President Biden delivered a fresh pitch on Jan. 21 for Congress to take up and pass the Senate-approved United States Innovation and Competition Act (USICA) bill.

The bill features $52 billion for the creation of a National Science Foundation Directorate of Technology and Innovation, and another $52 billion to implement the CHIPS Act to boost domestic semiconductor production.

Consideration of USICA and a closely related House bill – the National Science Foundation for the Future Act – has been hung up since late last year after Democratic leaders in the House and Senate said they would form a conference committee to iron out differences between the two measures.

Speaking at the White House on Jan. 21 about Intel Corp.’s plans to build a new $20 billion semiconductor-making operation in Ohio, President Biden urged quick congressional action on USICA to put more Federal funding behind efforts to build up the U.S. semiconductor sector.

“As historic as today’s announcement is … this is just the beginning,” President Biden said.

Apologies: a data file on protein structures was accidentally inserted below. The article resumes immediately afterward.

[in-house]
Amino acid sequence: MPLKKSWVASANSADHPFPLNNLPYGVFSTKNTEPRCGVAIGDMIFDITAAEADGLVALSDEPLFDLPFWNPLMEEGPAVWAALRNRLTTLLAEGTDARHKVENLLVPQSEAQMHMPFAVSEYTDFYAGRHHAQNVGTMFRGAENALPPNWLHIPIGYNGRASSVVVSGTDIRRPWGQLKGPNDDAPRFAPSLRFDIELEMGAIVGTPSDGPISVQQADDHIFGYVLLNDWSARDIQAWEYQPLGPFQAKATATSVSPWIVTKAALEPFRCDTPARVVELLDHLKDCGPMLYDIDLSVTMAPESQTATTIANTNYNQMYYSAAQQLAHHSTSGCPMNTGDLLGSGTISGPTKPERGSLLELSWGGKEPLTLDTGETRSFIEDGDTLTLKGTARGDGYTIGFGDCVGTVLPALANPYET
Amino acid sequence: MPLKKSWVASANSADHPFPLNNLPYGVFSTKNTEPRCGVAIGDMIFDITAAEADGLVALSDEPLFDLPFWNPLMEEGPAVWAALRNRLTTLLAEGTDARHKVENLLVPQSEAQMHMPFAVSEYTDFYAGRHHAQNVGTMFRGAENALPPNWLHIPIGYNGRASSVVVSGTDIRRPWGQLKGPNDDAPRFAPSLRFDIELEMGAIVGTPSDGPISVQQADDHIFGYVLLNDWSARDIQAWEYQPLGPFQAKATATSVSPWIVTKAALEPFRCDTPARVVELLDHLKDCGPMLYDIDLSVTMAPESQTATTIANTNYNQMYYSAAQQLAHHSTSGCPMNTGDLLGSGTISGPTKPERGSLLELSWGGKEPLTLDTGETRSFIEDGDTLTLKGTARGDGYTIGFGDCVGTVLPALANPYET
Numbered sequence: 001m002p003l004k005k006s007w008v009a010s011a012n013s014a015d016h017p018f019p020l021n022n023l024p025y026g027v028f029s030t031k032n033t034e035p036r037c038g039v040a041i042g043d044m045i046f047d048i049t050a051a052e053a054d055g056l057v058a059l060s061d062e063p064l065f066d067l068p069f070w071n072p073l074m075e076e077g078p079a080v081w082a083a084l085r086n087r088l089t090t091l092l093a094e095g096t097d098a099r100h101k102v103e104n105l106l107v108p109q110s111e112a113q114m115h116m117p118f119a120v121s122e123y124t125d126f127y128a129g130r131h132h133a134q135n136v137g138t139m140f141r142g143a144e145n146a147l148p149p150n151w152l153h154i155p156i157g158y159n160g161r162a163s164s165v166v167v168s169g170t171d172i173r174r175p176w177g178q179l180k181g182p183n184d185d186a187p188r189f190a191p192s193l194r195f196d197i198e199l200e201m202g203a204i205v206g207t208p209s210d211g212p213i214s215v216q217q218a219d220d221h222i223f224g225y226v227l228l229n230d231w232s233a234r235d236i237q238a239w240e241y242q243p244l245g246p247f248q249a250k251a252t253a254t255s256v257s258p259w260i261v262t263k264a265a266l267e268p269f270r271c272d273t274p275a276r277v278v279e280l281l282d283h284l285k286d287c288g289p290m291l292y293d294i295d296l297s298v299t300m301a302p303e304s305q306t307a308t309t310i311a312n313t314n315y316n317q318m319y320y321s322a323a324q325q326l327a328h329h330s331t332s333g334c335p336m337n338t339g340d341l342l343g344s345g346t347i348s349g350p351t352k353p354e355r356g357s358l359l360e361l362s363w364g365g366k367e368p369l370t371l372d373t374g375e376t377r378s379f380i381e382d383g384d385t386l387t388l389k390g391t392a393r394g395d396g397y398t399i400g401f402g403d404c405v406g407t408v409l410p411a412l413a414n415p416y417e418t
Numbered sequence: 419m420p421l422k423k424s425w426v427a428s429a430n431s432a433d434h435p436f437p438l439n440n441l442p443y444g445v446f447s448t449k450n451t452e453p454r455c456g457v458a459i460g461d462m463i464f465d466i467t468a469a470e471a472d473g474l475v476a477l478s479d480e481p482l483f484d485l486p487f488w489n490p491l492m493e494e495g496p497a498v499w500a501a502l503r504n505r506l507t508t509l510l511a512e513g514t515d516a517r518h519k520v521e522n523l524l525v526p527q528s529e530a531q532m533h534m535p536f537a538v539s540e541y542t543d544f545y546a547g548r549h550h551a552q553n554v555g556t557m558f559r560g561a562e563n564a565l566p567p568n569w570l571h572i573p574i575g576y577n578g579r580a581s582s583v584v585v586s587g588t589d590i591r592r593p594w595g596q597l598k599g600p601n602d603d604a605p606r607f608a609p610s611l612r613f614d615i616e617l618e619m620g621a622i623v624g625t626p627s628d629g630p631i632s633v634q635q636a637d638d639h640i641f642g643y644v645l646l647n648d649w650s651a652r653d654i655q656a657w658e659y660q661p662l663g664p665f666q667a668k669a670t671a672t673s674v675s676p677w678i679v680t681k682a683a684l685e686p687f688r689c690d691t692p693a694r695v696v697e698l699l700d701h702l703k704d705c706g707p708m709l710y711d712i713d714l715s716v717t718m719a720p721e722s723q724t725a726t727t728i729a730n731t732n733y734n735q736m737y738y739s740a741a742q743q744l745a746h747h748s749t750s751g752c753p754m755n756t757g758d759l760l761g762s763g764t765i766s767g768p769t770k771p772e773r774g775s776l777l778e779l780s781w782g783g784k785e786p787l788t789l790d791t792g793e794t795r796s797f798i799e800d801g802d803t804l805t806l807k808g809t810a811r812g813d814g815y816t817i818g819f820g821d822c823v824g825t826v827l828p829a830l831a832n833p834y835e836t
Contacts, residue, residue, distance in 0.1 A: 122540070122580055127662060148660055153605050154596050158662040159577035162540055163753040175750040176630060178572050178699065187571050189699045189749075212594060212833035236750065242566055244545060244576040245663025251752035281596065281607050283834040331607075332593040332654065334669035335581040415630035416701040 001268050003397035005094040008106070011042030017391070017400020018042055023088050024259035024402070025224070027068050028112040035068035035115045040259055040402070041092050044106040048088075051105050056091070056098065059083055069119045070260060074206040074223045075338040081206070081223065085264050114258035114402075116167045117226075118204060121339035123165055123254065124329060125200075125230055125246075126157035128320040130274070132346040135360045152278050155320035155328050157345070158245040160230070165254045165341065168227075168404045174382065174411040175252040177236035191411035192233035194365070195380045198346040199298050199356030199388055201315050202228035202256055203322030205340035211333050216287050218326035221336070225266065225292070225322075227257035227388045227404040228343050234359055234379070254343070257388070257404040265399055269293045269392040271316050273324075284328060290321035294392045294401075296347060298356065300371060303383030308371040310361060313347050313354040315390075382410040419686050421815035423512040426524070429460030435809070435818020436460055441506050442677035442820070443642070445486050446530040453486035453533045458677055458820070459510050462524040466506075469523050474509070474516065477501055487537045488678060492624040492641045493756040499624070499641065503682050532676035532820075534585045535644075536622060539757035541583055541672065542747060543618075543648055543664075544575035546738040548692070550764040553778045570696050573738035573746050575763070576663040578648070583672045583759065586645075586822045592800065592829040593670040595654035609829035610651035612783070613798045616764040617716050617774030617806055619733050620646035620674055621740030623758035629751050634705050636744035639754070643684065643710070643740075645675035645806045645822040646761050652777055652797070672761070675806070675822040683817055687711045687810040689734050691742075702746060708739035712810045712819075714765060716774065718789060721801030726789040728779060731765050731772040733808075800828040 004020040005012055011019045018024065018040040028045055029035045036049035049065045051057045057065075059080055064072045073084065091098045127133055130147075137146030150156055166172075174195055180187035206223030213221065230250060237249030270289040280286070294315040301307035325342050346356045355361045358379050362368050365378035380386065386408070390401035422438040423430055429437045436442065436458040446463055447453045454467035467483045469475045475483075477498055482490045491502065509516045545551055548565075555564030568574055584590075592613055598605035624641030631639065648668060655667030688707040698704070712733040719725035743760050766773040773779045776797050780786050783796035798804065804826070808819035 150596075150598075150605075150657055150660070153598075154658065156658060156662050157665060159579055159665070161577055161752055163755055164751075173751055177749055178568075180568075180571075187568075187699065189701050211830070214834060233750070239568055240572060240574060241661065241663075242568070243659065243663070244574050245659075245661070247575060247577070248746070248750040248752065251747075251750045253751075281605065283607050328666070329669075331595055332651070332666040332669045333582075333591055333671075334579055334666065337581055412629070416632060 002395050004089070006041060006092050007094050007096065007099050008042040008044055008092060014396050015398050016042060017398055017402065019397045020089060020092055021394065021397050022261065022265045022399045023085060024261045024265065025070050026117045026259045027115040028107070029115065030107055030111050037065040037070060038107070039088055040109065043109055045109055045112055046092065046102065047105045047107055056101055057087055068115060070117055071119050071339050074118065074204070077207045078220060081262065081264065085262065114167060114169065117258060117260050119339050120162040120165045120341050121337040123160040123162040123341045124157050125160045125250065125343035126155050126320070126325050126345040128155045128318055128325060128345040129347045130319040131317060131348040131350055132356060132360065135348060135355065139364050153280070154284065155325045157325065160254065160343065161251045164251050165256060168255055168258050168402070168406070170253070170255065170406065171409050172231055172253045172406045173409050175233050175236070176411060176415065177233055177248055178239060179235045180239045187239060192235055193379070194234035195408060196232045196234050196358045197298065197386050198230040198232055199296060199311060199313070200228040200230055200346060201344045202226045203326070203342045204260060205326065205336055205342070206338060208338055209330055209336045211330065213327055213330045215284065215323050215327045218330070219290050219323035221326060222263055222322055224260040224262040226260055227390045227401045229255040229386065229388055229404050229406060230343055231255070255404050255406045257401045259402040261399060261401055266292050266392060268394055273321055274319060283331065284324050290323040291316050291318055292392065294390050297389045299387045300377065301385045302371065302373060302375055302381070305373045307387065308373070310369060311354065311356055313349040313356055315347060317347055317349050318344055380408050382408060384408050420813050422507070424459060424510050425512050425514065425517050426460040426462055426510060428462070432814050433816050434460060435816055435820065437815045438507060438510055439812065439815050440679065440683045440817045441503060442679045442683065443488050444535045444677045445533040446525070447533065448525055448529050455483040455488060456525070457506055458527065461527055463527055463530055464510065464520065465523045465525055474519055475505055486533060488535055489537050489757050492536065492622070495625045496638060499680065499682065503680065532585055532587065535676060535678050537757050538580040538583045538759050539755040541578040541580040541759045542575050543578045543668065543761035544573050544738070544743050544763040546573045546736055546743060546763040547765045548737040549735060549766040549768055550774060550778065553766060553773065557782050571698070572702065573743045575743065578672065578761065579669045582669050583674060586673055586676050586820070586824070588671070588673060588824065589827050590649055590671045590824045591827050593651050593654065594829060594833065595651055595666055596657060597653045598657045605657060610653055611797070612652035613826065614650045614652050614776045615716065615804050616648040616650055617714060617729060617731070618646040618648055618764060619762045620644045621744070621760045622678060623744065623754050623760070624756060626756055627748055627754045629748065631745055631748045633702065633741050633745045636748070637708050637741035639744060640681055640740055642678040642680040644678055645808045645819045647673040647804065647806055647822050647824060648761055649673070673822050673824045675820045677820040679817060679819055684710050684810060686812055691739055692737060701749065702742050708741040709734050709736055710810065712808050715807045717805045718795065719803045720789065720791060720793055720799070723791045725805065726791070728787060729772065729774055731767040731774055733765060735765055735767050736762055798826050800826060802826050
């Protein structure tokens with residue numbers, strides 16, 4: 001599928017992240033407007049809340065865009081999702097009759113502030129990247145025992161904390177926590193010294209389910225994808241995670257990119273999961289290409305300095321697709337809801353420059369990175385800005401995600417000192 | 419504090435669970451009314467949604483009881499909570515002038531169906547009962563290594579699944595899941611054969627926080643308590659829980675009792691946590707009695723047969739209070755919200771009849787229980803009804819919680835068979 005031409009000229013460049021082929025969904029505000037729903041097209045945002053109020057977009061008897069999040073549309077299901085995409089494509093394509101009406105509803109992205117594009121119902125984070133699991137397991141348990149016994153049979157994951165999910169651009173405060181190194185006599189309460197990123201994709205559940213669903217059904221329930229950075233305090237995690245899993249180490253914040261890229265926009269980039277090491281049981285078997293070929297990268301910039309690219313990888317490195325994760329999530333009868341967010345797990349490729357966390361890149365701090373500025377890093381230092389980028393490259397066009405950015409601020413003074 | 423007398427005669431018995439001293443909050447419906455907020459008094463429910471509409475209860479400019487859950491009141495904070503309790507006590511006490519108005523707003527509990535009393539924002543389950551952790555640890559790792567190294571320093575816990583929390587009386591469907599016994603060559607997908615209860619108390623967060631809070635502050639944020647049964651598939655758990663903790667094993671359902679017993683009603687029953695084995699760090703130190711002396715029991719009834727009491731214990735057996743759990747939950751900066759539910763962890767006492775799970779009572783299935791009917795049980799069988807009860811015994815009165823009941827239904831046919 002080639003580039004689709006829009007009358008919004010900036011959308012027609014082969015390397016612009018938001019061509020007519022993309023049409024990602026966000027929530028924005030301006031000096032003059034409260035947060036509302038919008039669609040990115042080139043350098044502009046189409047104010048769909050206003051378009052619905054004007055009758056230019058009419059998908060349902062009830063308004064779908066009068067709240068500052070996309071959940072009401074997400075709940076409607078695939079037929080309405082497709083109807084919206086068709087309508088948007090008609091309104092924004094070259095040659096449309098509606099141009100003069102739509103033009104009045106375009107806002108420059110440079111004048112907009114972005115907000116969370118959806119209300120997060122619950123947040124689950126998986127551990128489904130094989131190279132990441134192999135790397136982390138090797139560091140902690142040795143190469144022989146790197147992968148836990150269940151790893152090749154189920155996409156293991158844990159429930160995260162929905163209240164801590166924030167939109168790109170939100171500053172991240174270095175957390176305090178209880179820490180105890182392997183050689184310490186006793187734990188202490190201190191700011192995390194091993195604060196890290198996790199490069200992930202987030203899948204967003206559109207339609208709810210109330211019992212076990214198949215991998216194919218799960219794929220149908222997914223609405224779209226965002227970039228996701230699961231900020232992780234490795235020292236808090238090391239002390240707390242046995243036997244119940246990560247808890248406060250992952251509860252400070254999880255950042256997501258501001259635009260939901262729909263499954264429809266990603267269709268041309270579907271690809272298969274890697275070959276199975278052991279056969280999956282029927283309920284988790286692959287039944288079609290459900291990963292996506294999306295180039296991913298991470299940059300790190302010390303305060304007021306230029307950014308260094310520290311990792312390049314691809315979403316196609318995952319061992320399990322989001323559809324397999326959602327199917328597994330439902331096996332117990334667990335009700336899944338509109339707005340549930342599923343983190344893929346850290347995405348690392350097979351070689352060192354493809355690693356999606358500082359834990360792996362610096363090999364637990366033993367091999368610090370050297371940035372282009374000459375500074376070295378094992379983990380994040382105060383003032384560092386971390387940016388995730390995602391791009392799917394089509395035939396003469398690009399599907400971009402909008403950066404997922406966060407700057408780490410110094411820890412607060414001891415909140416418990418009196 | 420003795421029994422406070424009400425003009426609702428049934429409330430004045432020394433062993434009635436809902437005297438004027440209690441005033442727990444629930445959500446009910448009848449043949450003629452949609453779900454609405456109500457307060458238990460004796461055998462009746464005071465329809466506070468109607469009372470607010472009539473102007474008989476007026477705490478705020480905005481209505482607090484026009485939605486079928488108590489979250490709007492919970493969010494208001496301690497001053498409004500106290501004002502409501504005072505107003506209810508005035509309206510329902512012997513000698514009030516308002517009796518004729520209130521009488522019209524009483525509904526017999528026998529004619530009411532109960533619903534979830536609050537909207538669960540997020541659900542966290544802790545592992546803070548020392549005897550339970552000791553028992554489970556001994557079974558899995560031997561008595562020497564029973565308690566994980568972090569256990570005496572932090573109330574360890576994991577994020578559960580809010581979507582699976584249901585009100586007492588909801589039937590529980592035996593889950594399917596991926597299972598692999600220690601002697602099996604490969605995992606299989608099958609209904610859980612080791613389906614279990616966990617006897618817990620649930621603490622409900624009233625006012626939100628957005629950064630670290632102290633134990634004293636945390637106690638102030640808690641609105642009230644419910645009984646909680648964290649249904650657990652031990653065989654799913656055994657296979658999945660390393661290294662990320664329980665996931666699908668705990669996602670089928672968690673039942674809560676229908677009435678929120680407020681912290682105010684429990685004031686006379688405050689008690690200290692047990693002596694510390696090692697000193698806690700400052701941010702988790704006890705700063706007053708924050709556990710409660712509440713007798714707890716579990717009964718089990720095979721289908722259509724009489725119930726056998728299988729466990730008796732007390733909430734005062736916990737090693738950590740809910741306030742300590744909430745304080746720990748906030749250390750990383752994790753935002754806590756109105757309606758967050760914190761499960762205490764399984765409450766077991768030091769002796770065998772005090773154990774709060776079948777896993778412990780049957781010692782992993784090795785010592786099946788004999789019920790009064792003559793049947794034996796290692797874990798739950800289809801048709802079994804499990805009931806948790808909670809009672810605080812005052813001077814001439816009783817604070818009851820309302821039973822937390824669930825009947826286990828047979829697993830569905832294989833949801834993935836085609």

“Right now, there’s a bill in front of the United States Congress … [the] U.S. Innovation and Competition Act, which includes several of the ideas that I proposed last year that would accelerate the progress in a big way,” he said.

“The bill will authorize nearly $90 billion for research and development, manufacturing, and supply chains … including empowering the National Science Foundation to bring together local communities, universities, community colleges, private companies, and more – and more partnerships like this,” he said.

“This includes $52 billion incentive for more companies to build their manufacturing facilities here in the United States of America,” President Biden said. “I want other cities and states to be able to make announcements like the one being made here today, and that’s why I want to see Congress pass this bill right away and get it to my desk.”

Earlier this month, Sen. Maria Cantwell, D-Wash., who chairs the Senate Commerce, Science, and Transportation Committee, said one of her primary objectives for the new year is to pass USICA. “The primary thing we’re going to try to do [soon] when we return is to pass USICA,” she said. “We want to see innovation happen in other places. This bill is about geographic diversity.”

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John Curran
John Curran
John Curran is MeriTalk's Managing Editor covering the intersection of government and technology.